The Fun Zone
Stuart Fern on Physical Education
In addition to his role as DUSC Coach, Stuart Fern, of B2001 Orange, is a physical education teacher and coach of Avenues, a private school in Chelsea for students ranging from pre-kindergarten through high school. Stuart is a passionate advocate for innovation in physical education and, at Avenues, he has a developed a curriculum strongly rooted in wellness and movement.
Stuart graduated from Sheffield Hallam University with a Masters in Sports Science and Teaching Degree, after having also represented the school on its soccer team. He moved to London to work at the American School London, coaching the Girls Varsity Soccer Team, Rugby and Track and Field. While there he was introduced to the European Council of International Schools (ECIS) and their Physical Education Conference. He proceeded to present at this conference on many wellness and movement topics, and served on the organizing committee for three years before coming to the US.
The reason I moved to Avenues was because I had a passion to innovate and implement a Physical Education and wellness program that reflected the modern times in which we live. The school encourages innovation and supports teachers in being bold and taking risks. To that end, we have rebranded our subject, and we now call our subject “Wellness and Movement” or “WAM”. This is a holistic approach to health and well-being that also seeks to overlap themes in the class room. Positive psychology is a key newcomer to our curriculum, in which students are taught how to reflect on their current situations and how to identify if they are flourishing. We give them tools to improve happiness and well-being, through topics such as using character strengths, finding flow, gratitude, empathy, optimism, growth mind sets and flourishing. Mindfulness is a key theme through out and students are taught how to be mindful and meditate to help them make positive decisions and reduce stress. We believe mental fitness is as important to train as physical fitness. Exercise science and healthy eating are key aspects that are covered with topics framed in a positive way. Instead of calorie counting, we give the students simple, achievable ideas and skills to make healthy decisions in environments to which they will be exposed. Socio-emotional aspects of the students lives are discussed holistically so they see how their decisions are interconnected.
I always get asked why call it “Movement”. I tell people that, as I have taught and coached middle school track for ten years, I see that young people are not taught to move correctly and thus have poor running mechanics, poor functional movements, coordination, strength and agility. Also by moving away from an all sports PE model we remove the stigma of being an “athlete” versus being a “nonathlete” or “sporty” versus “nonsporty”. Each child develops a foundation to be a confident mover by developing functional movements — squats, lunges, push-ups, strength through yoga poses, speed and agility — and by working on manipulation skills like throwing, catching and other sport-specific skills. The goal is that they will have the physical capabilities to make positive movement choices as they get older. Traditional sports are still taught, but by providing more choice the chances of students finding their passion for movement increases.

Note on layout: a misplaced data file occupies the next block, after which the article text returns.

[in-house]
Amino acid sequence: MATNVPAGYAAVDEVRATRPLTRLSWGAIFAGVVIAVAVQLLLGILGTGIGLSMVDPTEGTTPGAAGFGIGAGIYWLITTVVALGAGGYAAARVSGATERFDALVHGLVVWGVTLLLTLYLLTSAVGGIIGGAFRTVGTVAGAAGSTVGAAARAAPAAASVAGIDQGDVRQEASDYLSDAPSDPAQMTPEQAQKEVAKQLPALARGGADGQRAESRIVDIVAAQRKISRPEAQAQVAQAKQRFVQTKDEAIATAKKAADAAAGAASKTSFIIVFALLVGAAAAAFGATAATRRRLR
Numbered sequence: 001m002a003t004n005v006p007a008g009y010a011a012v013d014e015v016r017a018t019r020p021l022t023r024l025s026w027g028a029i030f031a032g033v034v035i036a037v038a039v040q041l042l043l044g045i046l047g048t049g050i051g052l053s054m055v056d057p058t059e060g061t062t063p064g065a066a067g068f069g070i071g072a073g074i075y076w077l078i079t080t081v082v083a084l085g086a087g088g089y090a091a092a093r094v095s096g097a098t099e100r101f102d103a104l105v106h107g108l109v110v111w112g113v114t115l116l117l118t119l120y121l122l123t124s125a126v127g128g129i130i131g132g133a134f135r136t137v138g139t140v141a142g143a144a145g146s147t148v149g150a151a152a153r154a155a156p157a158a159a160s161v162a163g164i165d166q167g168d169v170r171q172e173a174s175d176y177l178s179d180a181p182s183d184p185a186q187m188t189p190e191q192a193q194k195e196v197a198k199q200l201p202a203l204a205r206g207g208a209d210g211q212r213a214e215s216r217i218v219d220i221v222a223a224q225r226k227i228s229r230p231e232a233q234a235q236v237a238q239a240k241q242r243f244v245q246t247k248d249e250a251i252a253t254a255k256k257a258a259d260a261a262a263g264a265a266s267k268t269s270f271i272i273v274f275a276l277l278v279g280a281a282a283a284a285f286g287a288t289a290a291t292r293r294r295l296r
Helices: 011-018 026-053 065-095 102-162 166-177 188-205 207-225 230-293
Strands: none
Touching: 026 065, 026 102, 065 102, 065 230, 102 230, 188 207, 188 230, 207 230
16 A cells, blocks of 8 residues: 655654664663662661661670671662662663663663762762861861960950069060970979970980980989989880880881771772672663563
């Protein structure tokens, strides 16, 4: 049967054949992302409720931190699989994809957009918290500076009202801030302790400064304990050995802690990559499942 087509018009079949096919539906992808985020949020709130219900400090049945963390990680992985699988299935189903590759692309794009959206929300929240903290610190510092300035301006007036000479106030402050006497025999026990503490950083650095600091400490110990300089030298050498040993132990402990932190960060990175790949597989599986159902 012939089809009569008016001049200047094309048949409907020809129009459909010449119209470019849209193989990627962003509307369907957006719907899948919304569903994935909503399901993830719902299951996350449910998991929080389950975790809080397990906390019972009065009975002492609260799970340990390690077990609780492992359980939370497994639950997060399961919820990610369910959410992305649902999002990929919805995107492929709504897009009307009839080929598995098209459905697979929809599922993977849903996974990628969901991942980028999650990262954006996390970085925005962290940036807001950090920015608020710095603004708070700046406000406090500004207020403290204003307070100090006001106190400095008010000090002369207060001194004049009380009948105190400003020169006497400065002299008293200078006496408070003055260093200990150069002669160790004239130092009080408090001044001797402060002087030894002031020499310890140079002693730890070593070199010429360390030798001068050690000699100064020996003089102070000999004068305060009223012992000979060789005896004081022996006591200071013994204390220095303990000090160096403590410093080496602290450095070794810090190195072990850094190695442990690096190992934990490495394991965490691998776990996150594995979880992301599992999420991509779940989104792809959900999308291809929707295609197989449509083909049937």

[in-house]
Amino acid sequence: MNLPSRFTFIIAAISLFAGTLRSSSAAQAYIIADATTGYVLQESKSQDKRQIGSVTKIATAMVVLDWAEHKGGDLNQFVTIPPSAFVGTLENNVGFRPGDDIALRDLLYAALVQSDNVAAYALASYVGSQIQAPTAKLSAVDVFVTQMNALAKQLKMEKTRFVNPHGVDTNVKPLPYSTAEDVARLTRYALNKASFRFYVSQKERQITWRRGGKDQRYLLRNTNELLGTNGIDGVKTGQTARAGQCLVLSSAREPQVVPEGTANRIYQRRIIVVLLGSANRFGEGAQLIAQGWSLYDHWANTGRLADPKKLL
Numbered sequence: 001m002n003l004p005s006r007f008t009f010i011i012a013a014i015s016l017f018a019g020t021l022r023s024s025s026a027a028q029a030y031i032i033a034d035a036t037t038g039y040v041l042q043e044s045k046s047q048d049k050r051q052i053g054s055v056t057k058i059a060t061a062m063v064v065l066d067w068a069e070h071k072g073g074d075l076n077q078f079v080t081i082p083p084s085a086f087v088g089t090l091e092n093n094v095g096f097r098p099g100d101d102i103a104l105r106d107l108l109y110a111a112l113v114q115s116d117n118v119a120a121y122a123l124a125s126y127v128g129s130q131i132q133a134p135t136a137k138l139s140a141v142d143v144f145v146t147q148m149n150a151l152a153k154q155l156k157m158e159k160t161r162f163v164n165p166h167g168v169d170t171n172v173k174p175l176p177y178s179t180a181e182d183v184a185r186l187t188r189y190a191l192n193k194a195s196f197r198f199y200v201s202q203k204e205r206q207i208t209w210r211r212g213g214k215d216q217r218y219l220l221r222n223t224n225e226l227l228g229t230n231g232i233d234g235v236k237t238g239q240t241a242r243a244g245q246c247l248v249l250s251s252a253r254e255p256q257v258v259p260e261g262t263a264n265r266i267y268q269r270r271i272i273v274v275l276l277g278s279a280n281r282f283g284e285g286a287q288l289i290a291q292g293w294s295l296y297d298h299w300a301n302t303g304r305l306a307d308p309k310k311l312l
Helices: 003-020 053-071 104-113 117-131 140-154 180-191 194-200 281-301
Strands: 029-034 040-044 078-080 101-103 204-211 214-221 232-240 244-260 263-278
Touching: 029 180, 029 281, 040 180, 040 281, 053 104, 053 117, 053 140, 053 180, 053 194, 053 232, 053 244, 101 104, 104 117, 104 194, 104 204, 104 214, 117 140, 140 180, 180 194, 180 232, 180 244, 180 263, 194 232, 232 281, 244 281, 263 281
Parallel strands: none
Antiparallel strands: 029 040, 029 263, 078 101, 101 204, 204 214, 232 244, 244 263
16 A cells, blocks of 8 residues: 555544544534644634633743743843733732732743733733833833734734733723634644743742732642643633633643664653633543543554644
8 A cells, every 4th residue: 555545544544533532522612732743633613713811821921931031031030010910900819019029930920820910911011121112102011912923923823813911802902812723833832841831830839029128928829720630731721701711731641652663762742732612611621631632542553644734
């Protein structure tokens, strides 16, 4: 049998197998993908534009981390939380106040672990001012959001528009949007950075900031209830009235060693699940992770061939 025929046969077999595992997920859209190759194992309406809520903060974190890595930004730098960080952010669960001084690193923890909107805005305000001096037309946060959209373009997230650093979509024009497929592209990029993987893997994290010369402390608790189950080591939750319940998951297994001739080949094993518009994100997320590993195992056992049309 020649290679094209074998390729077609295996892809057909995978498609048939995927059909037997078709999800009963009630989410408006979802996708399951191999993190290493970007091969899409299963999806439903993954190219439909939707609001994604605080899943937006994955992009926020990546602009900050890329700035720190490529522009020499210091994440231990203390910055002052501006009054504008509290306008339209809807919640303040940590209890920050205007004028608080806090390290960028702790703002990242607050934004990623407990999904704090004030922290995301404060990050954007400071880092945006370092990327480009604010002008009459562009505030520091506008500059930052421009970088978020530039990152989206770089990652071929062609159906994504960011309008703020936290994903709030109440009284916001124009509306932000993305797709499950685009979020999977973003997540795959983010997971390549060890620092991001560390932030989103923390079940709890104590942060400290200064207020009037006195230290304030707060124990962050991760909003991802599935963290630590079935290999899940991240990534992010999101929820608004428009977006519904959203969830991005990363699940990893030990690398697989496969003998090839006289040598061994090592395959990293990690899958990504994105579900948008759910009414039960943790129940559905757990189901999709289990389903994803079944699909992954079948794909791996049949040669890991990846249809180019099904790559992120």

Recently I have been looking at how organizations in the fitness industry, such as Crossfit and Soul Cycle and have managed to create such a positive communities; this is something schools can learn from. My work at DUSC has also given me insight on how to build a community that has strong core values and a dedication to making progress towards a goal.
Building a love for movement starts with fun and what I call being in the “Fun Zone”. It is my job to make sure the kids are all “smiling and sweating” whilst becoming better movers — and better people. Ensuring every child is challenged appropriately, is encouraged to take risks, encouraged to self-improve whilst building grit and resilience is what helps to send the kids on the journey to a healthy and happy life.